Efficiently Run A Salon

27 Jan. 21

How to Efficiently Run Your Salon or Spa

Plumbing and water usage is critical for any salon or spa. Without ready access to ample amounts of water of the right temperature, a salon or spa wouldn’t last long. And of course, water rates are always a factor. They continue to rise over the last several decades at unprecedented rates.

Plumbing Basics

First of all, you will need the correct line or pipe diameter in order to supply ample water to reach several water outlets throughout your facility. These areas include multiple shampoo bowls, bathroom facilities, a sink for the color dispensary, a kitchen sink, and a possible dishwasher, laundry facilities, plus any needs for spa facilities such as showers, tubs, sinks or pedicure stations. Having to dig up the floor and route new plumbing for any of these water outlets can be very costly.

It’s advised to place all plumbing within common walls as much as possible. The further away from the primary water inlet and sewer access you need to run plumbing, the more expensive the renovations become. These long spans of piping, plus any added water outlets also can affect your overall water pressure. In addition to an ample supply of water and good water pressure throughout your facility, you’ll also require access to plenty of hot water, meaning that you’ll need an efficient industrial water heater.

Water Heaters

Unlike most businesses, salons, barbershops, and spas rely on a steady and constant stream of hot water throughout the day.

There are two main identifying characteristics of commercial water heaters: storage capacity and input.

First, you’ll need to identify the specific hot water requirements of your business — dishwashers, washing machines, sinks, etc.

  • Your peak hours
  • Your geographic location for possible seasonal impacts
  • Physical footprint limitations and venting requirements and/or restrictions

There’s a wide variety of water heater models with different gallon capacities and energy inputs because each combination of these factors produces different results.

A water heater professional can calculate the type of water heater models, necessary BTUs, plus gallon capacity, and physical size of the specific water heater you will need for your salon or spa.

How Much Water is Actually Used in Salons?

The hot water load in a barber shop is not unlike that of a salon, rather it’s calculated the same way. Although less water is generally used to wash a man’s hair – than a woman’s – more high-temperature hot water is used for hot-towels, and it offsets the other.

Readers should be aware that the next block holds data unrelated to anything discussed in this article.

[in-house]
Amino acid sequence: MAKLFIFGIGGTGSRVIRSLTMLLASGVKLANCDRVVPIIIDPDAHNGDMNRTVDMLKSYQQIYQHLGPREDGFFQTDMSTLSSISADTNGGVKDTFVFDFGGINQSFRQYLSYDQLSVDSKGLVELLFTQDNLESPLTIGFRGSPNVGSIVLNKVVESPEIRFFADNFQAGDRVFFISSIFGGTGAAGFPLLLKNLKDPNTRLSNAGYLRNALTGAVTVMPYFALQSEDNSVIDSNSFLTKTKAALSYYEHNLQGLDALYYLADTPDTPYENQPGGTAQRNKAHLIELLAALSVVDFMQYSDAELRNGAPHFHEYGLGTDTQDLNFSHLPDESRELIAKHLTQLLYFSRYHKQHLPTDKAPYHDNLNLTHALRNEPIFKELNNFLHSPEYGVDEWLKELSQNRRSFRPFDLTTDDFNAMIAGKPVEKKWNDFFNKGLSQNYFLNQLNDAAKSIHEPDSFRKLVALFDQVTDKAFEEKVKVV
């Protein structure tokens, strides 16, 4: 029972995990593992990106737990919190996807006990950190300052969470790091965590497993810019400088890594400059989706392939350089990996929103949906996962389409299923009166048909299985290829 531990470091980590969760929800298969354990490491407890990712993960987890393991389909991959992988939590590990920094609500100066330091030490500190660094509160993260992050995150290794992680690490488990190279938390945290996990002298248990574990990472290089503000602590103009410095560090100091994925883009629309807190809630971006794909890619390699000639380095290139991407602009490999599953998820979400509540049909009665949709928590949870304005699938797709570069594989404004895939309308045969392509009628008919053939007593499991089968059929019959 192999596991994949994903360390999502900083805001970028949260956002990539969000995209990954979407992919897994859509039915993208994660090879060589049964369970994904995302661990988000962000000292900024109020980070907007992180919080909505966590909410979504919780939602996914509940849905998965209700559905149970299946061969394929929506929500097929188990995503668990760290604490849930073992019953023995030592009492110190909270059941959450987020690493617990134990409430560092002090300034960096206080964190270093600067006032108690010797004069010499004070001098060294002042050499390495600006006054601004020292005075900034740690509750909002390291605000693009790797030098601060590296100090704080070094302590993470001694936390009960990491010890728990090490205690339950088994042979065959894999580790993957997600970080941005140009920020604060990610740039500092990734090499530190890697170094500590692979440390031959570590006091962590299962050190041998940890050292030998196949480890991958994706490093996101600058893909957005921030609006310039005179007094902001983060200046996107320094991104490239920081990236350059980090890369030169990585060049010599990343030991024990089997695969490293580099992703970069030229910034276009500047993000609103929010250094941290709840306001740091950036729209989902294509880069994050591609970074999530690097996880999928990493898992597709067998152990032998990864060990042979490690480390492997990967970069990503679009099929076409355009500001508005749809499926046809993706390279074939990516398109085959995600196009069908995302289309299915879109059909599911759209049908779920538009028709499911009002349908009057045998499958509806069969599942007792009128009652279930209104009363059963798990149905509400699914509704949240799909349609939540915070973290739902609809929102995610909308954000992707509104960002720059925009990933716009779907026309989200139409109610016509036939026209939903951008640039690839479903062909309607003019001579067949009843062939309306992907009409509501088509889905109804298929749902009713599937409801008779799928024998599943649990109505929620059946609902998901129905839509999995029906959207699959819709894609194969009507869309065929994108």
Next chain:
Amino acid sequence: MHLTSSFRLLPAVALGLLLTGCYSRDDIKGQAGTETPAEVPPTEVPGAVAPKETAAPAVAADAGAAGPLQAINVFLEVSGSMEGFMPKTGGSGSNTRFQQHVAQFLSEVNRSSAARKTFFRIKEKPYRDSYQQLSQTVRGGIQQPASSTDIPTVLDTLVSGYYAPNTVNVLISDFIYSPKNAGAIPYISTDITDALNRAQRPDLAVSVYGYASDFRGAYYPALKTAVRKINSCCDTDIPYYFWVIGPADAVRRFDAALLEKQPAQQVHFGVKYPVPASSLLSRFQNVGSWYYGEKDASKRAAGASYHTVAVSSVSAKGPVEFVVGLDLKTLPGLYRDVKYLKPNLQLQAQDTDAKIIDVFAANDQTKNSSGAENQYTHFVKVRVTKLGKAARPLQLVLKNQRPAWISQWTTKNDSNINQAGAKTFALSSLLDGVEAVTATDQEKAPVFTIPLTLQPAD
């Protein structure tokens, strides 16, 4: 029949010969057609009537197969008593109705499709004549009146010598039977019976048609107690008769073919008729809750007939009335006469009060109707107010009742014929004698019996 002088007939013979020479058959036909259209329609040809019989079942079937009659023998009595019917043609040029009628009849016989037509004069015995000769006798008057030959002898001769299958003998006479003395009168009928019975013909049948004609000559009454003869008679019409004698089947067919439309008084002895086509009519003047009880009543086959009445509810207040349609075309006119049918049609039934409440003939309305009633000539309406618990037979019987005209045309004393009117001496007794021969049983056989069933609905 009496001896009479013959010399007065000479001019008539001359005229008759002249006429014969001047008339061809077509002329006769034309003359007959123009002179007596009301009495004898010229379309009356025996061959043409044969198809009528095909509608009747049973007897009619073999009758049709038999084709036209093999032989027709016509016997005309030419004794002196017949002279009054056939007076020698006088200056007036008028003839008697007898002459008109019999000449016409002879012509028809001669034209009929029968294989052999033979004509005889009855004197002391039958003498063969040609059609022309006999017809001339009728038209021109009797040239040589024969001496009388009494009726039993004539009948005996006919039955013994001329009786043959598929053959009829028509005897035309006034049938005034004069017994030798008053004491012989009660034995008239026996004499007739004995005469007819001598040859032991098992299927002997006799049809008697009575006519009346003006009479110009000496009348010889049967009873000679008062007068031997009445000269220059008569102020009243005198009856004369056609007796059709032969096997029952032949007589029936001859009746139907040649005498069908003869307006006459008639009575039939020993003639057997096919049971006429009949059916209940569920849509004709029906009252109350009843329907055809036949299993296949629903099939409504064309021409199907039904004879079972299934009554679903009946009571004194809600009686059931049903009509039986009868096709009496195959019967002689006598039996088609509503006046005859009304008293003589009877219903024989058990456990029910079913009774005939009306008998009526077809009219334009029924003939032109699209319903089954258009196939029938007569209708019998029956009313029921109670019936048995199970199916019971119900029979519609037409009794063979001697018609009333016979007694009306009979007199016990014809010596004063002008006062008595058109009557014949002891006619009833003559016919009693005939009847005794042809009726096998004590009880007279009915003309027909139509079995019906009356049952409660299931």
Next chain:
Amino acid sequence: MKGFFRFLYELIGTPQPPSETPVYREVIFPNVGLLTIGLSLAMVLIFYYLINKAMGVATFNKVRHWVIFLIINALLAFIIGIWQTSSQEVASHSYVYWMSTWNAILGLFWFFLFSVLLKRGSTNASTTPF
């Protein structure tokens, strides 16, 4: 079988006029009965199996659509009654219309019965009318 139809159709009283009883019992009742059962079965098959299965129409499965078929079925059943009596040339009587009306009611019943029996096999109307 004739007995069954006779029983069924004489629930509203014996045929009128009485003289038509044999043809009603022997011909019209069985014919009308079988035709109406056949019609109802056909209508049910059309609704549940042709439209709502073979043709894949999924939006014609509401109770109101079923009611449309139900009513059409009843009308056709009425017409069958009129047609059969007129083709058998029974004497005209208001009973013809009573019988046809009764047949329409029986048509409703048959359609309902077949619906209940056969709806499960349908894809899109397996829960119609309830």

Approximately 16 gallons of 100-degree water are used per head – representing almost 10 gallons of 140-degree water (Fahrenheit). In fact, AO Smith states it is possible under periods of peak operation – for each sink to use approximately 75 gallons of 140-degree Fahrenheit water per hour.

Water Conservation Through Hydro Route Technology

Unfortunately, the DEP’s measuring system imperfect. And whether you are a residential or commercial property owner, water meters measure not only water – but excessive air – comprising the volume in your pipes.

Water rates continue to increase year over year. We all want to do our part to save water, as well cut down on our monthly expenses. If you own a salon, there are smart valves you can use – The Hydro Route Water Confinement System saves the average business nearly 30% off their monthly water bill. Using it with a business so heavily reliant on steady water use and volume like a car wash, salon or spa, a hydro route valve installation makes sense. As you know, water rates aren’t exactly going down year over year.

Capacity Versus Recovery Rate

When operating at peak demand for your salon, you need enough hot water at the ready. When all your hot water sources are turned on simultaneously at full blast and set to hot, this is called dump load. Measured in gallons per hour (GPH), the dump load is the number of gallons of hot water your salon requires at peak demand. The next important factor with regard to water heaters the hourly input, which determines the recovery rate. The hourly output is how many gallons of hot water the water heater can produce per hour, based on the starting and ending water temperatures.

In addition, smaller-capacity tanks capacities will deplete and refill faster than larger tanks, and they’ll do so more frequently. That’s why finding the right balance between capacity and recovery is so important. Without sizing to correct dump load requirements, you run the risk of running out of hot water during your busiest business hours, according to industry professionals.

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